Partial discharge is an electrical discharge that does not bridge the space between two conducting electrodes, typically as a result of a localised breakdown in cable insulation in high-voltage systems. Due to the discharge not spanning the entirety of the insulation, thus not being electrode to electrode, the discharge is referred to as ‘partial’ in nature.

Partial discharge can be classified according to three primary types: internal partial discharge, occurring inside insulation; surface partial discharge, tracking across insulation; and corona partial discharge, from a sharp electrode into gas. Each kind of partial discharge is likely to manifest itself differently, however the effects are always harmful if left unchecked, degrading insulation’s protection over time. In most cases, insulation will eventually become unable to withstand the high voltage load, resulting in failure and the possibility of dangerous arc flashes. It has been observed that up to 80% of sub-station failures can be traced back to partial discharge, meaning that regular and diligent inspections are required to reduce instances of this common issue.

Places where partial discharge can occur include:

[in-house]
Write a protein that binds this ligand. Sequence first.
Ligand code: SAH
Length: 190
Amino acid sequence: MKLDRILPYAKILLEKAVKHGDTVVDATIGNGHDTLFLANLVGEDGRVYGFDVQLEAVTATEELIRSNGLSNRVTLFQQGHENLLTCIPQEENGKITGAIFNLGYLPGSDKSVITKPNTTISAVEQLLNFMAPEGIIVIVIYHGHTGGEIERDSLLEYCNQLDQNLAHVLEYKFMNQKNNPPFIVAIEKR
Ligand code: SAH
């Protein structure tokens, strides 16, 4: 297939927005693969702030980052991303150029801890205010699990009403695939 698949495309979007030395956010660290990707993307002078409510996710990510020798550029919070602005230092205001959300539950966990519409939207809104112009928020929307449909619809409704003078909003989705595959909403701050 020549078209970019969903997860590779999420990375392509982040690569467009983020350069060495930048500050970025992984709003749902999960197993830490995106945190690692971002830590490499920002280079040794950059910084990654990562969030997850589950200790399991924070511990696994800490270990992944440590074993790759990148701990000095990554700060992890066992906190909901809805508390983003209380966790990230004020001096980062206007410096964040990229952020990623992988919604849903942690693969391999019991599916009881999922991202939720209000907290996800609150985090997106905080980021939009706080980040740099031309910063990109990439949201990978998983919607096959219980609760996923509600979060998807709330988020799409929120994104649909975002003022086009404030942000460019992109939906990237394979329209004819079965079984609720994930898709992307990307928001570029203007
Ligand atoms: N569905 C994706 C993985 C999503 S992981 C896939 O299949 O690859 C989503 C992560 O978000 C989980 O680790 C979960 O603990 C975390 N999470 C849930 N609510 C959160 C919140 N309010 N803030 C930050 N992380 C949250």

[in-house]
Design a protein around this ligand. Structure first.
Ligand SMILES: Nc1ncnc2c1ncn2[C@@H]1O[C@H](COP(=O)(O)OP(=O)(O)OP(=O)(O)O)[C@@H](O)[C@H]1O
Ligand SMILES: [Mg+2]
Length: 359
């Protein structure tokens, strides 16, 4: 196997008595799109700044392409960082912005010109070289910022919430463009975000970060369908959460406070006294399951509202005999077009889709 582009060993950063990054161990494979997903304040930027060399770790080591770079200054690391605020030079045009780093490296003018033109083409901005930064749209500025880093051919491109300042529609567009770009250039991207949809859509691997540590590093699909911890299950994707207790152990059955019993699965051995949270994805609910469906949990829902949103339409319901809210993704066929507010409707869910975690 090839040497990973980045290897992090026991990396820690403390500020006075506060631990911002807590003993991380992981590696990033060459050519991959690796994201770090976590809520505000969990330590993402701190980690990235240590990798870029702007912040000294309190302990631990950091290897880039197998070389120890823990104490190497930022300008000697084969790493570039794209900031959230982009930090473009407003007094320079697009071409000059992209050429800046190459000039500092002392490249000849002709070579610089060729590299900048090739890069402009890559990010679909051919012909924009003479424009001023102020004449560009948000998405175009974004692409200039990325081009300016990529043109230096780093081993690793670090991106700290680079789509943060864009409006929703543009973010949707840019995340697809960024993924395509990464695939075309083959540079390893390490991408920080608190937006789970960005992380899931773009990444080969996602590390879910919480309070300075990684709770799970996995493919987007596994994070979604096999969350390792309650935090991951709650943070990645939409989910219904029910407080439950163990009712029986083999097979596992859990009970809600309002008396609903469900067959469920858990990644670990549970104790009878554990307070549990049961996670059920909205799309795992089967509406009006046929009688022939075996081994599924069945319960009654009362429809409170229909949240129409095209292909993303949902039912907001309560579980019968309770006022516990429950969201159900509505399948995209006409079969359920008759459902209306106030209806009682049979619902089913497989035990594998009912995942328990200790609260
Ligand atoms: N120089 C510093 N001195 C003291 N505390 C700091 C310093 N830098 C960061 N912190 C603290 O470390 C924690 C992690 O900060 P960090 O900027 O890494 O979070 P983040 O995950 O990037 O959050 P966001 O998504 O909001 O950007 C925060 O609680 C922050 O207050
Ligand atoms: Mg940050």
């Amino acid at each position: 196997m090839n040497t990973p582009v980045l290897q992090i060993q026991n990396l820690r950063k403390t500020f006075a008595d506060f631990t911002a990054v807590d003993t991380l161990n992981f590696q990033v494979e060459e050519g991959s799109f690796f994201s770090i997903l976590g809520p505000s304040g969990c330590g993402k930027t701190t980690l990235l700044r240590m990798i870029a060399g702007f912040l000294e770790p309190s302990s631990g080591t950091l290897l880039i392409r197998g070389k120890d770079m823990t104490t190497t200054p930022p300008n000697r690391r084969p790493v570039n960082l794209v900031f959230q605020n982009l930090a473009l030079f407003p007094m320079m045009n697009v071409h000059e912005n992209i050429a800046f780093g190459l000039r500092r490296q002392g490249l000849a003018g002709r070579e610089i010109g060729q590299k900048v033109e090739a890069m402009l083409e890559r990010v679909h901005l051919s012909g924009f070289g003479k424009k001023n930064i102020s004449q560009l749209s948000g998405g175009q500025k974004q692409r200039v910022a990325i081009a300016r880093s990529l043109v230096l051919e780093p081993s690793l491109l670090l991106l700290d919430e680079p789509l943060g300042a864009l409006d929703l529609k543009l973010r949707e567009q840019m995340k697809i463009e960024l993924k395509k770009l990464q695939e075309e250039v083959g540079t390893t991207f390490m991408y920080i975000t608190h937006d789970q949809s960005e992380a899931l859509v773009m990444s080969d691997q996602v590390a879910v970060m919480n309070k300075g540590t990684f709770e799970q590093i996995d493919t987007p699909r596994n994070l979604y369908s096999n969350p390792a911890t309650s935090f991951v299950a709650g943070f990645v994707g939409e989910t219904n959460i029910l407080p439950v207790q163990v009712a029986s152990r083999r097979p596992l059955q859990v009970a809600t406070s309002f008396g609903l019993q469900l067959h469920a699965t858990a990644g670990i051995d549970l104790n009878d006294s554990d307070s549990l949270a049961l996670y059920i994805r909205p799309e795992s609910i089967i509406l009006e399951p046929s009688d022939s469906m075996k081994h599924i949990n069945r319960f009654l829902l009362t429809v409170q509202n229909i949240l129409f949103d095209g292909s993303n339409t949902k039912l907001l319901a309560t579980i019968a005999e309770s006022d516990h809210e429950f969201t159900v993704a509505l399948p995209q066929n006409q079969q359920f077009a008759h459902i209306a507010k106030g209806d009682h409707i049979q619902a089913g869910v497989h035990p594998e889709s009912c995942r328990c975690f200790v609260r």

• MV & HV cables, terminations and underground vaults
  • Indoor metal clad switchgear cubicles
  • Indoor and outdoor insulators
  • Transformers
  • Transformer cable boxes

Partial discharge emits energy in a variety of forms including electromagnetic, gas and acoustic, allowing several ways to detect it when present. While one common approach is through the use of a Transient Earth Voltage (TEV) detector, which is able to identify instances of surface and internal discharge caused by the breakdown of insulation material, another more popular method is with the use of acoustic imaging cameras. Due to the aforementioned emission of audible and ultrasonic sound, acoustic imaging cameras allow the user to locate and visualise the source of the sounds emitted during partial discharge using an array of precise microphones. These sensitive devices are then able to translate the sounds into visual format and display the information on screen for the user.

The ability to visualise sound on screen makes this approach one the easiest ways to identify instances of partial discharge, as large areas can be scanned from a distance. Even in loud environments, most acoustic imaging cameras are capable of filtering out other sounds, focusing on detecting those associated with just partial discharge.

One such device that can be used to detect partial discharge is the FLIR Si124. With 124 integrated microphones, this product is available in 3 versions, 2 of which are capable of detecting partial discharge from a distance of up to 130m away. The Si124 can also classify partial discharge according to type and allows for export to external devices for analysis. You can read more about the FLIR Si124 here.